Sebring brownfield prepped for jobs hub
SEBRING — Michael Conny offered few specifics about his plans for a long vacant and largely contaminated parcel he owns, but was clear on one point: He plans to convert it to industrial use to foster good-paying job growth.
“I acquired this property in 2020 from the Mahoning County Land Bank,” Conny said, referring to the 20-acre Royal China brownfield that sits undeveloped.
The large piece of property took center stage during a news conference Monday at the Sebring Fire Department substation, 80 S. 15th St., to celebrate a milestone marking the beginning of a long process to remediate the site that has been dormant since the business closed in the 1980s.
Soon after Royal China’s demise, some of the buildings on the property were demolished and others were destroyed after a fire broke out in 2010.
In addition, previous samplings have shown that more than 2,300 tons of soil are contaminated, officials have said.
Environmental specialists were on the property Monday to staff a large Geoprobe drilling rig, which inserted 2-foot soil-sampling tubes into the ground. Jars were then filled with samples to be collected for lab testing.
Much of the soil contains lead, paint and other contaminants from the production of china that began in the 1800s until the business closed, noted Conny, who’s also president of MAC Trailer Manufacturing in Alliance.
Lead was used to glaze much of the china produced.
“The goal is to work with the state and get ($20 to $30 per hour industry) jobs back into this town,” he explained at the news conference.
A $1.9 million grant was secured for the work, with an additional $1.4 million coming from the Ohio Department of Development’s Brownfield Remediation Program, Deb Flora, the land bank’s executive director, noted.
Monday began the delineation process to determine soil samples that will need to be removed from the site and others that can be deemed safe enough to be covered with clean soil, she explained.
“I’m hoping by this time next year, we will have a clean bill of health from the state,” Flora said.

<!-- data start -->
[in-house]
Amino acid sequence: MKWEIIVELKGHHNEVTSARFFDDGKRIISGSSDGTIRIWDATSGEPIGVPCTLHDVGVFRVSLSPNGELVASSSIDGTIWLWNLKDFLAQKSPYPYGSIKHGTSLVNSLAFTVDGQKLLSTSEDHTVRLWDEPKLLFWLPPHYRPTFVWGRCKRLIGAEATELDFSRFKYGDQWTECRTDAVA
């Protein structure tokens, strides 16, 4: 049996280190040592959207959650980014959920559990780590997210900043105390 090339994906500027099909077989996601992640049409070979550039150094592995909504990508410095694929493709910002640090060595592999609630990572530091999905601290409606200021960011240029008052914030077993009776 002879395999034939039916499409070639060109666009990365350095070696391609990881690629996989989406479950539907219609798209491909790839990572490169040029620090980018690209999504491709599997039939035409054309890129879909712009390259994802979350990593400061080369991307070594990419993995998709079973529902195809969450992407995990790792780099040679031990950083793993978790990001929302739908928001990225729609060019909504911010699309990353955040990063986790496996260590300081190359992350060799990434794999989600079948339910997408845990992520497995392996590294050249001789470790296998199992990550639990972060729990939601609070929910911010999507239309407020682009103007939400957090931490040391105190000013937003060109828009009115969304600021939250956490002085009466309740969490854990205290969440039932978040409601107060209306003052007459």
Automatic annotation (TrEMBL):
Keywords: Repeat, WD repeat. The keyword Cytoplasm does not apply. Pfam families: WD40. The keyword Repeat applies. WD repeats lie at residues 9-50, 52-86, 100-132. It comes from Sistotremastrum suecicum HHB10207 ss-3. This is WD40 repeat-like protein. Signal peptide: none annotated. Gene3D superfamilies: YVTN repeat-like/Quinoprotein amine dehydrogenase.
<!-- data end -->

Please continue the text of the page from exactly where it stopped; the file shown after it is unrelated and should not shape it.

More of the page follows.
Nevertheless, the process is complex and needs to be implemented step by step, Jim C. Smith, owner of Akron-based Brownfield Restoration Group, noted. The company was on site Monday to collect soil samples.
They will be taken to a lab to be analyzed, which could take about two weeks, after which the results will be evaluated carefully and further remediation action will be fine-tuned. Afterward, a request for a proposal will be submitted to bid on contractors for remediation work, then prepare such proposals for analysis, Smith explained.
After that work is complete, the 20-acre parcel will have to be certified to ensure it meets Ohio Environmental Protection Agency standards for reuse, then what are called “no further action” certification documents for the state EPA will be prepared to show that the site meets such standards. That part could take about six months, Smith said.
“The Ohio EPA will go through the documents with a fine-tooth comb,” he said.
After that, a covenant not to sue will be drawn up, added Smith, who predicted the entire process may take about 18 months, after which development could get underway.
The property, which used to be called the “Sebring dump,” will be a vital piece in revitalizing the town of about 4,200, said Mayor James J. Harp, who also praised Conny for stepping in and acquiring the acreage.
Also speaking at Monday’s news conference was Mahoning County Commissioner David C. Ditzler, as well as Treasurer Daniel R. Yemma, who said he envisions the project as a key step toward bringing economic improvement to the village.
Additional remarks came from state Rep. Lauren McNally, D-Youngstown, and state Sen. Michael Rulli, R-Salem.
McNally said she intends to work for increased brownfield remediation funding grants, which helped Youngstown and can benefit more rural regions such as Sebring.
Rulli noted that contaminated brownfield properties are a challenge to fostering further industrial development locally and statewide, which makes it more difficult for states such as Ohio to compete for job development with other states that lack such sites.